Many first world communist parties have attached themselves to the “1% vs 99%” analysis of capitalist society. However, they have done so uncritically. A 99% v 1% analysis is fundamentally too vague to be useful as an analytical tool when looking at how policy is formulated and carried out in any political system.
This is reflected by occupy’s focus on campaign financing and relatively inconsequential legal fictions like corporate personhood. One example of this is a Democracy Now interview with an occupier:
The focus on corporate personhood and campaign financing is a result of using a pluralist analysis of society. Pluralism says that policy is formulated by a bunch of different groups in society (corporations, unions, women’s advocacy groups, universities, civil rights organizations etc) competing and eventually compromising based on their power and influence within political institutions. The view of pluralists is that the political system can be fixed by increasing the power of the “99%” institutions relative to the “1%” institutions. They see one of the primary problems with the American political system is that the “1%” institutions have more money to spend on influencing lawmakers and buying their elections, and propose that a way of fixing this would be public campaign financing and spending limits on campaigns. The problem is that pluralism is a load of shit.
The pluralist analysis only looks at the overt methods of capitalist domination of society, while a class analysis understands that even with affordable elections and public financing, it doesn’t affect capitalist hegemony. In fact, it adds a legitimizing factor to capitalist domination of society, like in Western Europe. A class analysis recognizes that capitalist control of society is direct and indirect. The main direct methods of capitalist control are the selection of officials and lobbying. The indirect methods of control are far more powerful, because socialists and communists elected to office are still controlled by them. The four main methods of indirect capitalist control are explained in Al Szymanski’s The Capitalist State and the Politics of Class :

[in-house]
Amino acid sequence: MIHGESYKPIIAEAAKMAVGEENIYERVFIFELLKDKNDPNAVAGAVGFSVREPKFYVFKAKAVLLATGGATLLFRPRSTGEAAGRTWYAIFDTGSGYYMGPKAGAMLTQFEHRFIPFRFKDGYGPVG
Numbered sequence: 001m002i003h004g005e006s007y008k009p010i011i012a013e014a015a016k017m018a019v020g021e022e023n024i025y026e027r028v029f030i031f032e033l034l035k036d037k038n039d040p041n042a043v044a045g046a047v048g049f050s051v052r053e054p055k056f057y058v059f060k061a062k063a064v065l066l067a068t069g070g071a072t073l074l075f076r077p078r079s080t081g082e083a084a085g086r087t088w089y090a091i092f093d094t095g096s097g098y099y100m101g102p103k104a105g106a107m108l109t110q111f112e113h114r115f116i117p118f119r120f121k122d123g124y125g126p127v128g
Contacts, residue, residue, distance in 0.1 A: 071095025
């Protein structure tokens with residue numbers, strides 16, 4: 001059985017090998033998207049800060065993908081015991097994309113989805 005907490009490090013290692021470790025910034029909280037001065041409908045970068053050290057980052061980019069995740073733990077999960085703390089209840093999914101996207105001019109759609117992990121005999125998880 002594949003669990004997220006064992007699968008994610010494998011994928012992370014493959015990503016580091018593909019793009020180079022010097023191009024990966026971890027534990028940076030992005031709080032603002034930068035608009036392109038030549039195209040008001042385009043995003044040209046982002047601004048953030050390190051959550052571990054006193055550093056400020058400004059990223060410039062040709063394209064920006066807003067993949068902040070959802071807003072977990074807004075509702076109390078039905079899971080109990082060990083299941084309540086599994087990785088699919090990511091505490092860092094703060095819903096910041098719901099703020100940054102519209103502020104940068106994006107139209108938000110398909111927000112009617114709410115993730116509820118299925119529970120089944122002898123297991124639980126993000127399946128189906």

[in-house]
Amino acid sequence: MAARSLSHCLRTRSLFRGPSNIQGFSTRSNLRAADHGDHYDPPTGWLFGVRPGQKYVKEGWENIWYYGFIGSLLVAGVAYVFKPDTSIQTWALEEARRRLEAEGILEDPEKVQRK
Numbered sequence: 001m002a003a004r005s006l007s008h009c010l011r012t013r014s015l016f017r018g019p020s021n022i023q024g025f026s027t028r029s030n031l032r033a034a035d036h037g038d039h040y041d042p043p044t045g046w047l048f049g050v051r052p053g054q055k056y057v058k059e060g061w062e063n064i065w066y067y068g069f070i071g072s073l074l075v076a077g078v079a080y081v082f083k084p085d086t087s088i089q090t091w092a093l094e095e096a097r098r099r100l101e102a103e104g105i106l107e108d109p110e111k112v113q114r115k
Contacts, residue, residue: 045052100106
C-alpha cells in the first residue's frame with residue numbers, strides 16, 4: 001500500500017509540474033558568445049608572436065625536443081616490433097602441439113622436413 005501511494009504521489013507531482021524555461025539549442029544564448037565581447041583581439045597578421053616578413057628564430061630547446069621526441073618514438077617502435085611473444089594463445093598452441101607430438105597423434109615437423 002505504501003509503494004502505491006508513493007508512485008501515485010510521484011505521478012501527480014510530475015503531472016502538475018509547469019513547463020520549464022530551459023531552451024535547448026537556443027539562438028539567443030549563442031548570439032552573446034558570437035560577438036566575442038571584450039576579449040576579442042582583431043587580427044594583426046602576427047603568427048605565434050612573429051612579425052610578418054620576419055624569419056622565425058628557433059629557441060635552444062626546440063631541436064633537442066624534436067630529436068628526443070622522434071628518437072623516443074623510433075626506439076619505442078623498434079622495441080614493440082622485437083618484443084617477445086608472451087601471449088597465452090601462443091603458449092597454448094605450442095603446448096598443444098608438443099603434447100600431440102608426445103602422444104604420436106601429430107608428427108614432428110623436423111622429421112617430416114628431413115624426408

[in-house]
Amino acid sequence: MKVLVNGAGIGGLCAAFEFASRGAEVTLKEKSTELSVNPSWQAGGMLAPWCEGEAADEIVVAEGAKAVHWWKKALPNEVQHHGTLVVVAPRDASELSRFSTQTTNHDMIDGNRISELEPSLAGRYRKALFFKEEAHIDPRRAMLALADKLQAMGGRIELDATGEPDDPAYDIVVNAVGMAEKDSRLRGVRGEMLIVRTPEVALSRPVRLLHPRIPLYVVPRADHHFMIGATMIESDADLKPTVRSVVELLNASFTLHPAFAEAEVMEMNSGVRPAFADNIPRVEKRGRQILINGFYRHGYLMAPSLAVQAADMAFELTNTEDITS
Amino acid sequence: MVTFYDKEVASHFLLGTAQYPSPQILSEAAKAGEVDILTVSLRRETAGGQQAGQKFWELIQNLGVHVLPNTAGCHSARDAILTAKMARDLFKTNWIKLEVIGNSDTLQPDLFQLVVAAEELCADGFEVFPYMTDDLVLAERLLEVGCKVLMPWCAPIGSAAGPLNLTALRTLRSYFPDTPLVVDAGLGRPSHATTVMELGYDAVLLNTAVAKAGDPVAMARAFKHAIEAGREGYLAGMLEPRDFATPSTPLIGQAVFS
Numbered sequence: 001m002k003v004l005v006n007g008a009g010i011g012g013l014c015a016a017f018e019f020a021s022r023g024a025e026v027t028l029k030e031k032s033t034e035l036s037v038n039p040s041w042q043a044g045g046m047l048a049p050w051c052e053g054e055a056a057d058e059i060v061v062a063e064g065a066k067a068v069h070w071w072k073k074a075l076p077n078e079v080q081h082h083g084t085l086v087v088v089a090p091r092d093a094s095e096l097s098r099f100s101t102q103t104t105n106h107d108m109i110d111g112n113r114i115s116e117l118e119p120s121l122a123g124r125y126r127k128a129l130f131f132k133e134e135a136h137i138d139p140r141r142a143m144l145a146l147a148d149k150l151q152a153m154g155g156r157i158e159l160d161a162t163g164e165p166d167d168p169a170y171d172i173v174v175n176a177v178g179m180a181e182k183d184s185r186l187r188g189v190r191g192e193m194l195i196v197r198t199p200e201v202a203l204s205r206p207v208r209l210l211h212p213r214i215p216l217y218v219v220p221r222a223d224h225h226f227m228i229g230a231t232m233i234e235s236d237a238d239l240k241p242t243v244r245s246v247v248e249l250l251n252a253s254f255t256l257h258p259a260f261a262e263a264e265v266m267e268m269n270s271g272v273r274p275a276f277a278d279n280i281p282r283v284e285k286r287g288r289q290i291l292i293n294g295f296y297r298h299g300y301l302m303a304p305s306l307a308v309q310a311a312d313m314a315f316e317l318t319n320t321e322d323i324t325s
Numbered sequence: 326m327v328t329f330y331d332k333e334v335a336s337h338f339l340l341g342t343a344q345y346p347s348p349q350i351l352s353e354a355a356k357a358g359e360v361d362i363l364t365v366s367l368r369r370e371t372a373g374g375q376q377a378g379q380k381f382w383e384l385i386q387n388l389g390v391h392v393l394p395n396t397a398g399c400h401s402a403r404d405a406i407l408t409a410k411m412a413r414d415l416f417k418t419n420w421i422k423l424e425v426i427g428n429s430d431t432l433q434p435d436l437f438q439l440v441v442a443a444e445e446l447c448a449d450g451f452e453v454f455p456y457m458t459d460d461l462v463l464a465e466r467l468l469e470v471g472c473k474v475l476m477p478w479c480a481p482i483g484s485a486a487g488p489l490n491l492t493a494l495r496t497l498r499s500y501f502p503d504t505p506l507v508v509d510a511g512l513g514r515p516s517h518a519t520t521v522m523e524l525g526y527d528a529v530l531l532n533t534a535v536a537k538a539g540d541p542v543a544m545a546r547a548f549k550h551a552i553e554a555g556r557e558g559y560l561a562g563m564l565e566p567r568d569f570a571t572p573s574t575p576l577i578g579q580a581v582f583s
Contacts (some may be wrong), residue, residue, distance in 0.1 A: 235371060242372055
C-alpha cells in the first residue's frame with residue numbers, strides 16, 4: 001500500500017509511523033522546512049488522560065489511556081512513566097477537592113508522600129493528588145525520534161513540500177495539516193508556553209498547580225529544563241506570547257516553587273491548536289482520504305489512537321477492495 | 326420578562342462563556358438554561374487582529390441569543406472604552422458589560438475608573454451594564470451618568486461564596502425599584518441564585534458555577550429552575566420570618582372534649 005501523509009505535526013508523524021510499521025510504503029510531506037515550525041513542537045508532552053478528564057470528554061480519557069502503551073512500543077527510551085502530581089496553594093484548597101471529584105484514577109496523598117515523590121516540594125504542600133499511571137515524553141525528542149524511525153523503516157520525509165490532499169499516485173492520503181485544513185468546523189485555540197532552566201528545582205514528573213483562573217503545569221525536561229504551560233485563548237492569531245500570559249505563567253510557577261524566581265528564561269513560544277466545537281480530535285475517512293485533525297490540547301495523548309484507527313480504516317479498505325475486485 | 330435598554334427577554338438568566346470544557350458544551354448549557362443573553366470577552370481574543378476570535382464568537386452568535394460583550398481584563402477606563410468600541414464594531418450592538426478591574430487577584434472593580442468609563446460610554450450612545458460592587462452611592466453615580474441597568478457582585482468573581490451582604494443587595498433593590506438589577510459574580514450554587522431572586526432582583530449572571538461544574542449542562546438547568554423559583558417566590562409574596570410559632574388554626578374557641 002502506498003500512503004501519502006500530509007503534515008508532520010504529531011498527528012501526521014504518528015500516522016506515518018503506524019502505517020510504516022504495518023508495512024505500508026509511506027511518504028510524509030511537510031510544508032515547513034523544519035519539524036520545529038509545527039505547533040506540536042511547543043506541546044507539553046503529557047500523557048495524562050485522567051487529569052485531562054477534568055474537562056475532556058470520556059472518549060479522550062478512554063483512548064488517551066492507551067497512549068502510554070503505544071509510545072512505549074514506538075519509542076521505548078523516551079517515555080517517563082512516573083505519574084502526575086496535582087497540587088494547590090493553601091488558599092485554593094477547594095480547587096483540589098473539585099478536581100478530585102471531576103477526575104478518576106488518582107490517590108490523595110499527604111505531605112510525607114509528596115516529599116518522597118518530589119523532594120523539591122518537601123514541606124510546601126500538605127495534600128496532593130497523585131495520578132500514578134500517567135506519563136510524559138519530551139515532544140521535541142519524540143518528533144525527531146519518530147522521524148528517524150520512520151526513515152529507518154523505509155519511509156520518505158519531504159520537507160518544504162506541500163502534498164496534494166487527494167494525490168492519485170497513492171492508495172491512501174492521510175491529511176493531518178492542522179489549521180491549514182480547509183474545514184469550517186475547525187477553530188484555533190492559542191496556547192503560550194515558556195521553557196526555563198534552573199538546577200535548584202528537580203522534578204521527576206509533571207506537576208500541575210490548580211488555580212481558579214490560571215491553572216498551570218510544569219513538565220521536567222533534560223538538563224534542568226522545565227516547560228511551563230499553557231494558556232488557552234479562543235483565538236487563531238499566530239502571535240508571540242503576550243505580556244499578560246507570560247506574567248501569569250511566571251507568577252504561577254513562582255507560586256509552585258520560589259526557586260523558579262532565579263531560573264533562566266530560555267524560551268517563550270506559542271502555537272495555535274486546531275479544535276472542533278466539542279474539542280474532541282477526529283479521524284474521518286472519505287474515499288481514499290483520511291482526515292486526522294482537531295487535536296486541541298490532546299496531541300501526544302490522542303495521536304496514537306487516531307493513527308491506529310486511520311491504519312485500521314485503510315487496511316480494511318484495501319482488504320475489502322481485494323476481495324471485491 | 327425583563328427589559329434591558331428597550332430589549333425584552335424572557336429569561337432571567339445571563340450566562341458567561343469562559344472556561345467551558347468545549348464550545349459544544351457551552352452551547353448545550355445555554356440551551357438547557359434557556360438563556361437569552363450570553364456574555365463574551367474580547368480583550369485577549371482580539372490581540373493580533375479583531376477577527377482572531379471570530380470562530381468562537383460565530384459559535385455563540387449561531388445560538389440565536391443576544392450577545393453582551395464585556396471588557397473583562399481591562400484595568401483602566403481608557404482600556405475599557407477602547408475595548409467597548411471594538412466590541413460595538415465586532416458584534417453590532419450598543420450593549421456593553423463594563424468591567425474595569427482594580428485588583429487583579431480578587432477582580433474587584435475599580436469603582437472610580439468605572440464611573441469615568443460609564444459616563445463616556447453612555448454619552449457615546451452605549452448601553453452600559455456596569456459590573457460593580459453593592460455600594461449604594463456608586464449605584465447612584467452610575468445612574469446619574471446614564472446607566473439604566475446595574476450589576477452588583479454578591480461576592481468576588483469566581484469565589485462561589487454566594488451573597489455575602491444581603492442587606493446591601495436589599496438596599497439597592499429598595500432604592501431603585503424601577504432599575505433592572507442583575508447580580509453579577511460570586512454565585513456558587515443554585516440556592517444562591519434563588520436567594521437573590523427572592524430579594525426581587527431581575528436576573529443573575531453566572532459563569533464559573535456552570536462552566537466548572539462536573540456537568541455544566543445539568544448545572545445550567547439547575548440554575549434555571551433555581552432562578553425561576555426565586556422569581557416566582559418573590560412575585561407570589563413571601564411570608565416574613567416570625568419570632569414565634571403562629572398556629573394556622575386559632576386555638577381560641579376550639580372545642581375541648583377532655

1. Capitalist values permeate the society and are propagated through the schools, military, media, and churches. Officials typically accept capitalist ideology as their own and authentically act as if capitalist rationality were the only rationality. Attempts by state officials to enact measures that would violate capitalist ideology would generate considerable opposition, even from the oppressed, as long as they accept capitalist ideas.
2. If the state attempts to follow policies that business doesn’t like, businesses can move to other countries or they may curtail production, lay off workers, or follow other restrictive policies, thereby promoting an economic crisis for which the state would be blamed. Businesses can refuse to invest unless the state follows probusiness policies. Banks have the special advantage of refusing to make loans to the state unless the state follows policies directed by them. Such actions by business might not be malicious, but might be merely economically rational and dictated by the necessity of maximizing profits.